September 20, 2020

Trademarks and Ad Placement

Dana Blankenhorn at Moore’s Lore has some interesting discussion of the lawsuit between American Blinds and Google.

Here’s the background: When you do a Google search, the results page gives the search results on the left side of the page, and a few ads (marked as such) on the right edge of the page. The ads are chosen based on the words in your search; advertisers buy placement for particular search words. For example, a pizza restaurant in Princeton might buy placement on searches for “princeton pizza”.

American Blinds makes window blinds. If you search for “American Blinds” on Google, you will see (or at least, you would have seen before the lawsuit) ads for some of American Blinds’ competitors. American Blinds claims that this is a trademark violation, since Google is associating competing products with the trademarked name “American Blinds”. American Blinds says that Google may not sell competing ads keyed to the trademarked name, without the trademark owner’s permission.

Most people’s initial reaction is that American Blinds’ lawsuit is ridiculous and should stand no chance of succeeding. But Google already lost a similar lawsuit in France, and it already lets Dell do what American Blinds wants to do.

To give every trademark holder veto power over the placement of clearly marked ads on search pages seems like bad policy, whatever the law says. (If the ad-laden page were trying to mislead customers about who is connected to the trademark, I would feel differently; but that’s not the case here.) Creating so many vetoes would seriously cramp the ability of Google, or anybody else, to sell keyword-triggered ads, especially given how crowded the namespace has gotten.

Consider a hypothetical hungry traveler who searches for “princeton pizza,” wanting to survey his dinner options. If there’s a restaurant called “Princeton Pizza,” and it has a veto over ad placement on that phrase, the traveler will be frustrated. And it’s hard to see what other search the traveler could do to circumvent the trademark issue and get a list of pizza places in Princeton.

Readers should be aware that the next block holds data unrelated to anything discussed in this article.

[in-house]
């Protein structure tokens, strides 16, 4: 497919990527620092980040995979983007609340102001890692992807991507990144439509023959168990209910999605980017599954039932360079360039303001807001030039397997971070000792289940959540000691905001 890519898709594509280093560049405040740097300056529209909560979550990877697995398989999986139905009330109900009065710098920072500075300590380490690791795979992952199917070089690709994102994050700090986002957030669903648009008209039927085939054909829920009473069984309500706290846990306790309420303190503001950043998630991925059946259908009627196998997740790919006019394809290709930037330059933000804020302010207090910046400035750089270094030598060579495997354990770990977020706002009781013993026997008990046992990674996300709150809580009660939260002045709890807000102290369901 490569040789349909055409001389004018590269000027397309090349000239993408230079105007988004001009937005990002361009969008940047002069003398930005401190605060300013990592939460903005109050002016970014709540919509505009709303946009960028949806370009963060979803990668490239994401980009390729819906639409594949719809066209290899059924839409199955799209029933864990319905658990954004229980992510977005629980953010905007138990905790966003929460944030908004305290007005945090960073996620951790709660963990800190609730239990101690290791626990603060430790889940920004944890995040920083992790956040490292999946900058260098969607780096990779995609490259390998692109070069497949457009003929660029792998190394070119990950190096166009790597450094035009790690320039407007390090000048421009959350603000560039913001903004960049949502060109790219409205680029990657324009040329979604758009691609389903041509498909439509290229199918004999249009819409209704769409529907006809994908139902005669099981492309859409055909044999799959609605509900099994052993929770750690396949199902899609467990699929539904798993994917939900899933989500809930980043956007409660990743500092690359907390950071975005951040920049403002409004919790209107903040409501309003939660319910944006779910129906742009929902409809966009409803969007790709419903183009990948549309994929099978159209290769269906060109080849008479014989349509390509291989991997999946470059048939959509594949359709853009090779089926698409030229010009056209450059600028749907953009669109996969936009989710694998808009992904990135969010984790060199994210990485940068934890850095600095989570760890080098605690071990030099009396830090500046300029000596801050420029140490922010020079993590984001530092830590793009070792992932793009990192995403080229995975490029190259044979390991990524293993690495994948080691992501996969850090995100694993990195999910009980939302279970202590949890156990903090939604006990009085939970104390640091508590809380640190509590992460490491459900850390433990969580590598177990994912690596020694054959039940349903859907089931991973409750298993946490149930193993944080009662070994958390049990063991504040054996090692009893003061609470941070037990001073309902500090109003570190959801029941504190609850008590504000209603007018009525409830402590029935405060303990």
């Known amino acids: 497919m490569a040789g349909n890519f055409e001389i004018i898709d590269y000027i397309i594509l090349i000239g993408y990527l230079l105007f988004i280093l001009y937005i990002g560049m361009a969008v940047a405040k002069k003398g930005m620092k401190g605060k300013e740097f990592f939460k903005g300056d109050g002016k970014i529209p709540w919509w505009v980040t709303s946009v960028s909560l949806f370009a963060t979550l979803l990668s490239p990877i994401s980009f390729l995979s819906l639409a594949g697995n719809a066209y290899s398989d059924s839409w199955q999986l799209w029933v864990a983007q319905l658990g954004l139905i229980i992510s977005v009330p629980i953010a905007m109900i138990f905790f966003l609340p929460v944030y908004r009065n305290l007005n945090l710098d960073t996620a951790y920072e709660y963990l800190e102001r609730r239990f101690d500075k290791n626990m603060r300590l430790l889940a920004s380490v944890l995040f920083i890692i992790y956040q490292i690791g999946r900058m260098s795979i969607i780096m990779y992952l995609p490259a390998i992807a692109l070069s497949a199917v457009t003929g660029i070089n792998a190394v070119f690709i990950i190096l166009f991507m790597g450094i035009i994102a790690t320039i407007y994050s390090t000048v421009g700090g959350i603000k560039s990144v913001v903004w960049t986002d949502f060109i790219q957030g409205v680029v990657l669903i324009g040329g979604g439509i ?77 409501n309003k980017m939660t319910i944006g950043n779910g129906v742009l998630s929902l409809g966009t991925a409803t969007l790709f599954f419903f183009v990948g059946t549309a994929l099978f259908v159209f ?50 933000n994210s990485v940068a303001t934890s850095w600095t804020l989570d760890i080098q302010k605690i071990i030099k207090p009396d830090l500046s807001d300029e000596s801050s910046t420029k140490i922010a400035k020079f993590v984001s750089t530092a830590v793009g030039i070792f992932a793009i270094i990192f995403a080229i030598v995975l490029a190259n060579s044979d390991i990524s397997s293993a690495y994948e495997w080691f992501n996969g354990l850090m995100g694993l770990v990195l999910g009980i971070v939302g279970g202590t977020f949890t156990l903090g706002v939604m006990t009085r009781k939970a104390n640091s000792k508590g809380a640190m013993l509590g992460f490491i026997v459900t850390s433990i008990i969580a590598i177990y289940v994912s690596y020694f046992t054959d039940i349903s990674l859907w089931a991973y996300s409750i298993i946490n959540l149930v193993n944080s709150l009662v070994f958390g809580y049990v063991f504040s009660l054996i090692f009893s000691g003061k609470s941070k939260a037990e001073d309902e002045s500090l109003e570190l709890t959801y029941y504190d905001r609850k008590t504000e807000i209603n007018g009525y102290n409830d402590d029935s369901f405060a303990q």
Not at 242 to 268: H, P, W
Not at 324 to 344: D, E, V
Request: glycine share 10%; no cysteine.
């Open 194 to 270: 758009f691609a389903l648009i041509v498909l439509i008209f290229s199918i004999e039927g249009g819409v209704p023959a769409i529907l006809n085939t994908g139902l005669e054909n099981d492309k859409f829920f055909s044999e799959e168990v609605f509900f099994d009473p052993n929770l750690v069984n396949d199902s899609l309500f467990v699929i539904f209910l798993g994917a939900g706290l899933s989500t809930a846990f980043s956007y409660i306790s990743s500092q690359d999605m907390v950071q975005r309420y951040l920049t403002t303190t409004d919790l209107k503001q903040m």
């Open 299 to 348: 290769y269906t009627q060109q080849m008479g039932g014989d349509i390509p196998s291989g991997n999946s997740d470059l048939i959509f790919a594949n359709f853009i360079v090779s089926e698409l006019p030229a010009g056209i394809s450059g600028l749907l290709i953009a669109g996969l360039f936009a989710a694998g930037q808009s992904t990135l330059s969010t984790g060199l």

Perhaps Google could provide an “I mean the words I wrote, not the trademark” option, so that a search for “princeton pizza –notrademark” would display ads triggered by the words, ignoring any trademark vetoes. But it’s hard to believe that that would satisfy American Blinds or other trademark owners.

Another attempted solution is to say that a trademark owner should get a veto if the only reason consumers would search on the name is when looking for the trademarked item, but that there should be no veto if a consumer might plausibly search for the trademarked phrase for other reasons. That’s a useful distinction in theory, but such a test seems too tricky to apply in practice.

I can’t think of a good way to accomodate the trademark owners’ legitimate interests, without essentially shutting down word-based ad placement services. And in the absence of such a solution, it seems to me better to let the ad placements go on.


  1. Chris Brand says:

    It seems to me that this is due to their choice of a “bad” (i.e. descriptive) company name.

    If competitors’ ads came up when you entered “Apple Computers”, they might have a point, but “American Blinds” is just an adjective describing a noun. It’s hard to see what other search term I should use when looking for blinds made in the states.

  2. I think, if I were Google, that a search for “American Blinds” would return a blank page, with the suggestion that perhaps you wanted to look for “Blinds American”.

    And that other search should not return any links to American Blinds unless A.B. paid for them.

  3. I think the best solution would be to return to basic trademark principles and only find liability if there is a likelihood that consumers would be confused or misled by the ad (i.e. if it misleadingly suggested a connection to American Blinds). Absent confusion, the trademark owner has no “legitimate interest” in preventing an otherwise beneficial practice that helps reduce consumer search costs. At least that would be my view. Unfortunately, some courts have leaned in the other direction (reflecting the trend of unthinking “propertization” of IP). The issue is still an open one, being worked out in the courts.

  4. aNonMooseCowherd says:

    One partial solution would be to look at capitalization, so that a search for “American Blinds” (capitalized that way) would point to the company of that name, but a search for “American blinds” would be treated as a generic search.

  5. Peter McCarthy says:

    Did a quick look on google. Looking for American Blinds gets ads for blinds on the right of the screen. One also gets similar ads (for window-type blinds) if one looks up ‘duck blinds’ (as in hunting). The keyword seems to be ‘blinds’ so trademark would seem to not be an issue.